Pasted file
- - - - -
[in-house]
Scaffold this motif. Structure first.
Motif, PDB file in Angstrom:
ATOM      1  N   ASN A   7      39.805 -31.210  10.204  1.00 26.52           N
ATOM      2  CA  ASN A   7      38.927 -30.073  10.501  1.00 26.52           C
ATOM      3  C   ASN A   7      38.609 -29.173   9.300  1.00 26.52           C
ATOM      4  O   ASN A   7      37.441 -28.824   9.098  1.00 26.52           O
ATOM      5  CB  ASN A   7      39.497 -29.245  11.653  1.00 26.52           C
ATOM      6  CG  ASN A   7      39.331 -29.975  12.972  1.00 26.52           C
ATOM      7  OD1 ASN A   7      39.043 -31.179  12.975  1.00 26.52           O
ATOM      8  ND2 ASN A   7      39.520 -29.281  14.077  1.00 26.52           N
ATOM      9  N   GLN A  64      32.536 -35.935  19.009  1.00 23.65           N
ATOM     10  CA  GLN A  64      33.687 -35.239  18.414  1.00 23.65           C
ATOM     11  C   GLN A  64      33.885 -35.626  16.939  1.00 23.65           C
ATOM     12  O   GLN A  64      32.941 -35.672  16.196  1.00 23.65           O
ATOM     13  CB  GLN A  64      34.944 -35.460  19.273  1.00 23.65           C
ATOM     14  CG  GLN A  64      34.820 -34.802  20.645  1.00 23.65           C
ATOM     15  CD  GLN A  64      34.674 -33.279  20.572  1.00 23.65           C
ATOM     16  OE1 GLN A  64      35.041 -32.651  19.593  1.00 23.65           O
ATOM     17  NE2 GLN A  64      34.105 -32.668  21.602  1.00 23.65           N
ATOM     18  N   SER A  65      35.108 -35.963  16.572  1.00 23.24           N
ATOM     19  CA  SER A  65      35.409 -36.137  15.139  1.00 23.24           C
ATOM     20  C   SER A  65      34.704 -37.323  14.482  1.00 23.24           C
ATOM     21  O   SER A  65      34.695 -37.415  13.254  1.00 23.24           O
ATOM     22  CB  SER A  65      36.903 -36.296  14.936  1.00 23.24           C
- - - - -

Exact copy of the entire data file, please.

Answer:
[in-house]
Scaffold this motif. Structure first.
Motif, PDB file in Angstrom:
ATOM      1  N   ASN A   7      39.805 -31.210  10.204  1.00 26.52           N
ATOM      2  CA  ASN A   7      38.927 -30.073  10.501  1.00 26.52           C
ATOM      3  C   ASN A   7      38.609 -29.173   9.300  1.00 26.52           C
ATOM      4  O   ASN A   7      37.441 -28.824   9.098  1.00 26.52           O
ATOM      5  CB  ASN A   7      39.497 -29.245  11.653  1.00 26.52           C
ATOM      6  CG  ASN A   7      39.331 -29.975  12.972  1.00 26.52           C
ATOM      7  OD1 ASN A   7      39.043 -31.179  12.975  1.00 26.52           O
ATOM      8  ND2 ASN A   7      39.520 -29.281  14.077  1.00 26.52           N
ATOM      9  N   GLN A  64      32.536 -35.935  19.009  1.00 23.65           N
ATOM     10  CA  GLN A  64      33.687 -35.239  18.414  1.00 23.65           C
ATOM     11  C   GLN A  64      33.885 -35.626  16.939  1.00 23.65           C
ATOM     12  O   GLN A  64      32.941 -35.672  16.196  1.00 23.65           O
ATOM     13  CB  GLN A  64      34.944 -35.460  19.273  1.00 23.65           C
ATOM     14  CG  GLN A  64      34.820 -34.802  20.645  1.00 23.65           C
ATOM     15  CD  GLN A  64      34.674 -33.279  20.572  1.00 23.65           C
ATOM     16  OE1 GLN A  64      35.041 -32.651  19.593  1.00 23.65           O
ATOM     17  NE2 GLN A  64      34.105 -32.668  21.602  1.00 23.65           N
ATOM     18  N   SER A  65      35.108 -35.963  16.572  1.00 23.24           N
ATOM     19  CA  SER A  65      35.409 -36.137  15.139  1.00 23.24           C
ATOM     20  C   SER A  65      34.704 -37.323  14.482  1.00 23.24           C
ATOM     21  O   SER A  65      34.695 -37.415  13.254  1.00 23.24           O
ATOM     22  CB  SER A  65      36.903 -36.296  14.936  1.00 23.24           C